Flight Attendants File Lawsuit Over American Airlines Uniforms
American Airlines employees got some new uniforms last fall, but that hasn't been good news for many of them. Since the introduction of the new uniforms, manufactured by Twin Hill, over 5,000 flight attendants, pilots, gate agents, and customer service representatives have reported physical or allergic reactions to the new work wear, including rashes, hives, and headaches, and even severe respiratory issues.
American Airlines finally cut ties with Twin Hall in June, but two employees have filed a lawsuit against the clothing manufacturer, seeking a full recall of the harmful uniforms as well as a fund to pay for medical care and monitoring of American Airlines employees exposed to the uniforms.
The class action lawsuit, filed by two American Airlines flight attendants on behalf of fellow employees, claim the new uniforms "pose an unreasonable risk of physical harm including current and future serious health problems to those who wear them and to those who are near to or work in the close quarters of an airplane with those who are wearing the uniforms." And employees have allegedly experienced "a cascade of health problems, including, but not limited to, skin rashes, ear and throat irritation, headaches, fatigue, vertigo, the triggering of various auto-immune conditions, and adverse effects on endocrine as well as liver functions."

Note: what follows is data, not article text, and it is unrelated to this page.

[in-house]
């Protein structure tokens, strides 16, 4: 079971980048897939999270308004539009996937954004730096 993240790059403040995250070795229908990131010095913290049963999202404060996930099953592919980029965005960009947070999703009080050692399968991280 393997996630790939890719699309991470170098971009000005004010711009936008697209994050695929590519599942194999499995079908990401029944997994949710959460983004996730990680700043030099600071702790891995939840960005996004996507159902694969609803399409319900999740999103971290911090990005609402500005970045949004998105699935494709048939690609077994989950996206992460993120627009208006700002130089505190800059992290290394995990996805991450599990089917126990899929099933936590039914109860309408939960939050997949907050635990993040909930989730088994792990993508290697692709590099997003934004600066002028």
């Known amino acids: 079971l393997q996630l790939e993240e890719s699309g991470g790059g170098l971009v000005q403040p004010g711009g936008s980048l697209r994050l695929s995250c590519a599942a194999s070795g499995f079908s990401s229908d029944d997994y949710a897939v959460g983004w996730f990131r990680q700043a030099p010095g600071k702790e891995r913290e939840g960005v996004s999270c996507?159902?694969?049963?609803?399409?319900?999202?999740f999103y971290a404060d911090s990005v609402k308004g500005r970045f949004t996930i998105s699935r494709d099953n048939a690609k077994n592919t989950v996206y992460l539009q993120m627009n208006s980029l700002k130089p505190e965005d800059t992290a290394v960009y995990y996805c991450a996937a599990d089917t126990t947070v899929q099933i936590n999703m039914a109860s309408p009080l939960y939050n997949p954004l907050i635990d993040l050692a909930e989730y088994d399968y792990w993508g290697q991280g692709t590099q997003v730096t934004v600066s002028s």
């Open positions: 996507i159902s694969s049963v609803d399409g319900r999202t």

American acknowledged the problem in June, but said employees would need to continue wearing the Twin Hill uniforms (or one of several other options made available) until the airline could find a new uniform supplier. And the process of finding a new supplier, designing and rolling out new uniforms could take years.
The source of the symptomatic reactions has yet to be determined, but the lawsuit claims the new uniforms are chock full of cancer causing chemicals:
These new uniforms are made of synthetic materials and so far have been found to contain at least the following chemicals: carbaryl, cadmium, captafol, chromium, copper, formaldehyde, monochlorophenols, nickel, nonylphenol, nonylphenolethoxylates, pentachlorophenol, tetrachlorophenols, and trichlorophenols. Several of these substances are known carcinogens or possible carcinogens as well being known to cause other health problems including auto-immune conditions such as those alleged above.
The suit is asking the court to enjoin Twin Hill from selling any more of the uniforms as well as individual damages for the plaintiffs.
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